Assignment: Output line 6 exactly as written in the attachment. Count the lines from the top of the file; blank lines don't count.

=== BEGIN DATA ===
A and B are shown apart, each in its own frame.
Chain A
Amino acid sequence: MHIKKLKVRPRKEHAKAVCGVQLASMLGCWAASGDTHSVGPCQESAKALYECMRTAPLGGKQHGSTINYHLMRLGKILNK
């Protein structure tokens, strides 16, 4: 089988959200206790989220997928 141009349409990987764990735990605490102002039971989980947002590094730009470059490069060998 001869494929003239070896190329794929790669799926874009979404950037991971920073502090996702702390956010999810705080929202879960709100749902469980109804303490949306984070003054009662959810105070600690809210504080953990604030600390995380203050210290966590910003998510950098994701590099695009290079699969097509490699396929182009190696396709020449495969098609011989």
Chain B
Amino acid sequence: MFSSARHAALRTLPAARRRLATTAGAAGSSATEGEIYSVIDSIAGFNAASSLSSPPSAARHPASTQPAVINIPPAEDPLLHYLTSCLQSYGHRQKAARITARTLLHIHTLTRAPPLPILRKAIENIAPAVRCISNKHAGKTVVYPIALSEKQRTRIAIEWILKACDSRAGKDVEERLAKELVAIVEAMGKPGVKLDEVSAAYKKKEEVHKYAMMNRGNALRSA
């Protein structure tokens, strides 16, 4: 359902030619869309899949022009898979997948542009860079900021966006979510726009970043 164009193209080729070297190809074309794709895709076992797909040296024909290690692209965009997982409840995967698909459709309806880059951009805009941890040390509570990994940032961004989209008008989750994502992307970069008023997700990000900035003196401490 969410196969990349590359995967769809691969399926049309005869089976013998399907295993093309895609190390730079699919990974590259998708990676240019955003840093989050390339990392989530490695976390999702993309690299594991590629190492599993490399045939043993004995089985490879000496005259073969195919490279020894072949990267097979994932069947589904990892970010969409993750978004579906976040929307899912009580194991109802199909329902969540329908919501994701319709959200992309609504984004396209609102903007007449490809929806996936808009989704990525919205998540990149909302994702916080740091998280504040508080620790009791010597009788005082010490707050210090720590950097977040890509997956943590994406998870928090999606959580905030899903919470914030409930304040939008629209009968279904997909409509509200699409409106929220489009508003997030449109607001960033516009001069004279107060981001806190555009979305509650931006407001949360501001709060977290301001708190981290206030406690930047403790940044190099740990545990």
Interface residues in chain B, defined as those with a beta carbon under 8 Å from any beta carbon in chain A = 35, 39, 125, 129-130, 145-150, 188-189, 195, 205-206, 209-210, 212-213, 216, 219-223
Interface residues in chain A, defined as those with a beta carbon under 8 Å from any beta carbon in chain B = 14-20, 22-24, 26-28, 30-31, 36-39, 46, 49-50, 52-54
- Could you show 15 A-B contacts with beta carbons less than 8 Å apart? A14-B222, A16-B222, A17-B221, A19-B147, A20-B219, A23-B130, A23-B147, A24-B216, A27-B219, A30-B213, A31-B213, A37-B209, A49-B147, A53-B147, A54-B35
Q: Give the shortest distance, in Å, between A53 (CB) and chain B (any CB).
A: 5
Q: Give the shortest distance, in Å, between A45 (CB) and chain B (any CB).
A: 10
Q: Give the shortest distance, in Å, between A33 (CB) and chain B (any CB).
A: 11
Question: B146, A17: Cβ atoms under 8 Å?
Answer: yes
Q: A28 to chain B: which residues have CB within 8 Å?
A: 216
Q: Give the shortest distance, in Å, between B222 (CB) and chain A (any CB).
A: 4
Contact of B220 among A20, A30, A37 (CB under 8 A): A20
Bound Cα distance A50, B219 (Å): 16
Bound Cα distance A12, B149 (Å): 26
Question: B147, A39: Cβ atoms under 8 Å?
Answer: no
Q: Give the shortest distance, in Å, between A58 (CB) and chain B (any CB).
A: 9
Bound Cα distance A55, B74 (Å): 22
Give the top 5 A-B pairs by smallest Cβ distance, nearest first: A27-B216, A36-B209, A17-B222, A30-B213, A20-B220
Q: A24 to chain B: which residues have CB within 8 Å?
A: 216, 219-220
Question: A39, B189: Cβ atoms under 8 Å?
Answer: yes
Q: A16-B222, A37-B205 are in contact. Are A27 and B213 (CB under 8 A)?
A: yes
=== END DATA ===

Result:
Amino acid sequence: MFSSARHAALRTLPAARRRLATTAGAAGSSATEGEIYSVIDSIAGFNAASSLSSPPSAARHPASTQPAVINIPPAEDPLLHYLTSCLQSYGHRQKAARITARTLLHIHTLTRAPPLPILRKAIENIAPAVRCISNKHAGKTVVYPIALSEKQRTRIAIEWILKACDSRAGKDVEERLAKELVAIVEAMGKPGVKLDEVSAAYKKKEEVHKYAMMNRGNALRSA